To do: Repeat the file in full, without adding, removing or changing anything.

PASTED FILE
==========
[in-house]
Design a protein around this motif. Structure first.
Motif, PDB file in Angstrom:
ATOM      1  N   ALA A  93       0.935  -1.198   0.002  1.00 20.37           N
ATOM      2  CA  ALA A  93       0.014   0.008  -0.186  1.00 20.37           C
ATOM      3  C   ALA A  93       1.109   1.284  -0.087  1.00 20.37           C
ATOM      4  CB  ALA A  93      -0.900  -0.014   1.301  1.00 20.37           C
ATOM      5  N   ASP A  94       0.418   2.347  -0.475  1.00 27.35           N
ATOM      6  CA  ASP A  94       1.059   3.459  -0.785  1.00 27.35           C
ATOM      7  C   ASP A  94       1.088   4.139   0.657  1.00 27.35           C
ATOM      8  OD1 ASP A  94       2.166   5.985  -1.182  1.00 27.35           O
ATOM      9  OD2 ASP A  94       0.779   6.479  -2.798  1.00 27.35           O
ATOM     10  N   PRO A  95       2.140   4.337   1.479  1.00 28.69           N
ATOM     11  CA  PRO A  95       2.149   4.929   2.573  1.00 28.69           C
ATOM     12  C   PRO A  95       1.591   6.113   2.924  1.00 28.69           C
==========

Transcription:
[in-house]
Design a protein around this motif. Structure first.
Motif, PDB file in Angstrom:
ATOM      1  N   ALA A  93       0.935  -1.198   0.002  1.00 20.37           N
ATOM      2  CA  ALA A  93       0.014   0.008  -0.186  1.00 20.37           C
ATOM      3  C   ALA A  93       1.109   1.284  -0.087  1.00 20.37           C
ATOM      4  CB  ALA A  93      -0.900  -0.014   1.301  1.00 20.37           C
ATOM      5  N   ASP A  94       0.418   2.347  -0.475  1.00 27.35           N
ATOM      6  CA  ASP A  94       1.059   3.459  -0.785  1.00 27.35           C
ATOM      7  C   ASP A  94       1.088   4.139   0.657  1.00 27.35           C
ATOM      8  OD1 ASP A  94       2.166   5.985  -1.182  1.00 27.35           O
ATOM      9  OD2 ASP A  94       0.779   6.479  -2.798  1.00 27.35           O
ATOM     10  N   PRO A  95       2.140   4.337   1.479  1.00 28.69           N
ATOM     11  CA  PRO A  95       2.149   4.929   2.573  1.00 28.69           C
ATOM     12  C   PRO A  95       1.591   6.113   2.924  1.00 28.69           C